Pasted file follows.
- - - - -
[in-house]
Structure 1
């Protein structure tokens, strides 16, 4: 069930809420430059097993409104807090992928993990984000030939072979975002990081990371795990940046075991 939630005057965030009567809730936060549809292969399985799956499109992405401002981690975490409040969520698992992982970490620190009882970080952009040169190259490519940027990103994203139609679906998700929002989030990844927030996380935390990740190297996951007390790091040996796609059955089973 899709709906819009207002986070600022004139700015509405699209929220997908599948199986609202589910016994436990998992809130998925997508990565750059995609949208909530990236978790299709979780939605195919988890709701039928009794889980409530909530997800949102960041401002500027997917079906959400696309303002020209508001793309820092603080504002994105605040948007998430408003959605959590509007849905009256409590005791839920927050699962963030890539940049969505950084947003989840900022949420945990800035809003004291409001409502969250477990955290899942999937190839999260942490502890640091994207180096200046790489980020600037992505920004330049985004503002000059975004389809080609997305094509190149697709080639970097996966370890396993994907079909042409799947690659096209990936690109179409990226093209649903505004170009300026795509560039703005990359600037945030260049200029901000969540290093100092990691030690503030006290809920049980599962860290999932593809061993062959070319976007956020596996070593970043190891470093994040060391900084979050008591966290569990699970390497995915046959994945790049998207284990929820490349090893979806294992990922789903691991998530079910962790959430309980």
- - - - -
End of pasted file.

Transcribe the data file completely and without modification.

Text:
[in-house]
Structure 1
């Protein structure tokens, strides 16, 4: 069930809420430059097993409104807090992928993990984000030939072979975002990081990371795990940046075991 939630005057965030009567809730936060549809292969399985799956499109992405401002981690975490409040969520698992992982970490620190009882970080952009040169190259490519940027990103994203139609679906998700929002989030990844927030996380935390990740190297996951007390790091040996796609059955089973 899709709906819009207002986070600022004139700015509405699209929220997908599948199986609202589910016994436990998992809130998925997508990565750059995609949208909530990236978790299709979780939605195919988890709701039928009794889980409530909530997800949102960041401002500027997917079906959400696309303002020209508001793309820092603080504002994105605040948007998430408003959605959590509007849905009256409590005791839920927050699962963030890539940049969505950084947003989840900022949420945990800035809003004291409001409502969250477990955290899942999937190839999260942490502890640091994207180096200046790489980020600037992505920004330049985004503002000059975004389809080609997305094509190149697709080639970097996966370890396993994907079909042409799947690659096209990936690109179409990226093209649903505004170009300026795509560039703005990359600037945030260049200029901000969540290093100092990691030690503030006290809920049980599962860290999932593809061993062959070319976007956020596996070593970043190891470093994040060391900084979050008591966290569990699970390497995915046959994945790049998207284990929820490349090893979806294992990922789903691991998530079910962790959430309980």